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Study: Mammals became warm-blooded later than thought

The researchers traced the beginnings of warm-bloodedness to around 233 million ago, in the Late Triassic period

Update : 21 Jul 2022, 01:03 PM

The ancestors of mammals started to become warm-blooded around 20 million years later than previously thought, researchers suggested on Wednesday, after analyzing inner-ear fossils hoping to solve "one of the great unsolved mysteries of palaeontology."

Warm-bloodedness is one of the quintessential characteristics of mammals, along with fur, but exactly when they first evolved the feature has long been a subject of debate.

Previous research has indicated that the ancestors of mammals began evolving warm-bloodedness, or endothermy, around 252 million years ago -- around the time of the Permian extinction, known as the "Great Dying."

However figuring out the timeline has proved difficult.

"The problem is that you cannot stick thermometers in your fossils, so you cannot measure their body temperature," said Ricardo Araujo of the University of Lisbon, one of the authors of a new study in the journal Nature.

He was part of an international team of researchers that found a new way to determine how body heat changed throughout time, by examining the semicircular canals in the inner ears of 56 extinct species of mammal ancestors.

Fluid runs through the tiny ear canals, which help animals keep their balance.

The researchers realized that as body temperatures warmed up, so did the ear fluid. 

Araujo gave the example of oil used to fry hot chips.

Before you warm the oil up, it is "very viscous, very dense," he told AFP.

"But then when you heat it up, you'll see that the oil is much runnier, it flows much more easily."

The runnier ear fluid led to animals evolving narrower canals -- which can be measured in fossils, allowing the researchers to track body temperature over time.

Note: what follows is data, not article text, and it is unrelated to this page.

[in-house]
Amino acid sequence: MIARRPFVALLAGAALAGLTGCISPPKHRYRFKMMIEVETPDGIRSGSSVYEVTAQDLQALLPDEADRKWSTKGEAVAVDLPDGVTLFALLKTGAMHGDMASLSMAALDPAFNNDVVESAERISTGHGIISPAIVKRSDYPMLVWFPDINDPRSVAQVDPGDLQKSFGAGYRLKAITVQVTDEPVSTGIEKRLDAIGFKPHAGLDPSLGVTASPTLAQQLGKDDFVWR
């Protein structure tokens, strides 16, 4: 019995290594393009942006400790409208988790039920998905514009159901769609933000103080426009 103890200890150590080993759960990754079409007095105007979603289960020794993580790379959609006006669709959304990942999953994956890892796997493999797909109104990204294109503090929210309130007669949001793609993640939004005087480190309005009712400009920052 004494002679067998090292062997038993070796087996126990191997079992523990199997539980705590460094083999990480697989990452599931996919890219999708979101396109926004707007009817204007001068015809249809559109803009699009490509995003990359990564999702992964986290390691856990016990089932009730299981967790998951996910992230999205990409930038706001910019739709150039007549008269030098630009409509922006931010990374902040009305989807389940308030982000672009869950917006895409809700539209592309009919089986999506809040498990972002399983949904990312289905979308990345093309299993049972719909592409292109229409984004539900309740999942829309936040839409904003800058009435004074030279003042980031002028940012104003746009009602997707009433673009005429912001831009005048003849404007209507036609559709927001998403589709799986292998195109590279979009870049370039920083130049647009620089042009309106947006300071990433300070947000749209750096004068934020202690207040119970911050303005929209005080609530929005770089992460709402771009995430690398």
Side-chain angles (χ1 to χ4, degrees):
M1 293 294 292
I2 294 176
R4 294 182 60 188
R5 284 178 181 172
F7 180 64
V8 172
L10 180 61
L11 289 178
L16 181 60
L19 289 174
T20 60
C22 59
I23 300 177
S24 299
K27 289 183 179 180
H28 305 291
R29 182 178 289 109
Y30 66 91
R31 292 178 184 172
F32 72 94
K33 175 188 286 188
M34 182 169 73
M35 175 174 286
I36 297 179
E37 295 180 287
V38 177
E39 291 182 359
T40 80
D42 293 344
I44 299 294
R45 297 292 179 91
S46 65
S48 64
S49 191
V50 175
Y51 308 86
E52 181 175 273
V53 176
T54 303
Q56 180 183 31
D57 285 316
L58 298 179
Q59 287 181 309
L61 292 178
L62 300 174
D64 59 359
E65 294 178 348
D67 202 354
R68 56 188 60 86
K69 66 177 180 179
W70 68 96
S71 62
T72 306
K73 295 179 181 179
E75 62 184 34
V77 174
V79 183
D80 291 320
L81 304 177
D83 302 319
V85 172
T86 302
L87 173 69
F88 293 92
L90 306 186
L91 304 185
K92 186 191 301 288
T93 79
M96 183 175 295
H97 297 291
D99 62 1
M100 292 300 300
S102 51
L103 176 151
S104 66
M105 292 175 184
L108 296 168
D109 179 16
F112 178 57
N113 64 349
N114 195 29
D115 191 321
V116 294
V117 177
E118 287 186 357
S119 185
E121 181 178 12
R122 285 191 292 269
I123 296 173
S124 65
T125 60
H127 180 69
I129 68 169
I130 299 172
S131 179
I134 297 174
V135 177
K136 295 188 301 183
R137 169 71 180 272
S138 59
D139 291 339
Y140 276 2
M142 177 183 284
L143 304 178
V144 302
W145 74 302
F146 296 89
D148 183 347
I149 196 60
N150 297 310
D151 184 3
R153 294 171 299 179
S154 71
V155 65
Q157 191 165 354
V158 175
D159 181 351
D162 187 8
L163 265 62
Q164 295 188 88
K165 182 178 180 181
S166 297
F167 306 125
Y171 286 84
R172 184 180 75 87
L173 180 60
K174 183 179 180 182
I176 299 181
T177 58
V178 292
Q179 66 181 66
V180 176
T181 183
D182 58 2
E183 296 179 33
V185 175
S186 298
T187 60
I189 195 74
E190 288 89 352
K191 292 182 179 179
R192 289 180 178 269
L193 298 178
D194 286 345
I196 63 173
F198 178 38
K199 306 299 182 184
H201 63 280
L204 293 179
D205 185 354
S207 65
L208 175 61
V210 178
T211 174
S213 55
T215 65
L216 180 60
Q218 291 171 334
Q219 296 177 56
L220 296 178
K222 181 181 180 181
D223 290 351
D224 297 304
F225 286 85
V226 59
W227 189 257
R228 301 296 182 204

Unlike previous research on this subject, the team developed a model that not only works on extinct mammal ancestors, but also living mammals, including humans.

"It can look at your inner ear and tell you how warm-blooded you are -- that's how accurate the model is," lead study author Romain David of London's Natural History Museum told AFP.

Using the model, they traced the beginnings of warm-bloodedness to around 233 million ago, in the Late Triassic period. 

'Not a gradual, slow process'

Michael Benton, a palaeontologist at Britain's University of Bristol who was not involved in the study, said the new metric "seems to work well for a wide array of modern vertebrates."

"It doesn't just provide a yes-no answer, but actually scales the 'degree' of endothermy in terms of actual typical body setpoint temperature," he told AFP.

Benton, whose previous research had given the 252 million years date, said the transition to warm-bloodedness likely took place in stages, and "there were several significant prior steps before this semicircular canal switch."

Araujo said the new research suggested that warm-bloodedness came about simply and "very quickly in geological terms, in less than a million years."

"It was not a gradual, slow process over tens of millions of years as previously thought."

David said it seemed unlikely that warm-bloodedness would begin around the extinction event 252 million years ago, because global temperatures were extremely hot then. 

That would have been a disadvantage for warm-blooded animals -- but they could have thrived as temperatures cooled in the following millions of years.

"Being an endotherm allows you to be more independent of the whims of the climate, to run faster, run longer, explore different habitats, explore the night, explore polar regions, make long migrations," Araujo said.

"There were a lot of innovations at the time that started to define what a mammal is -- but also ultimately what a human being would be."

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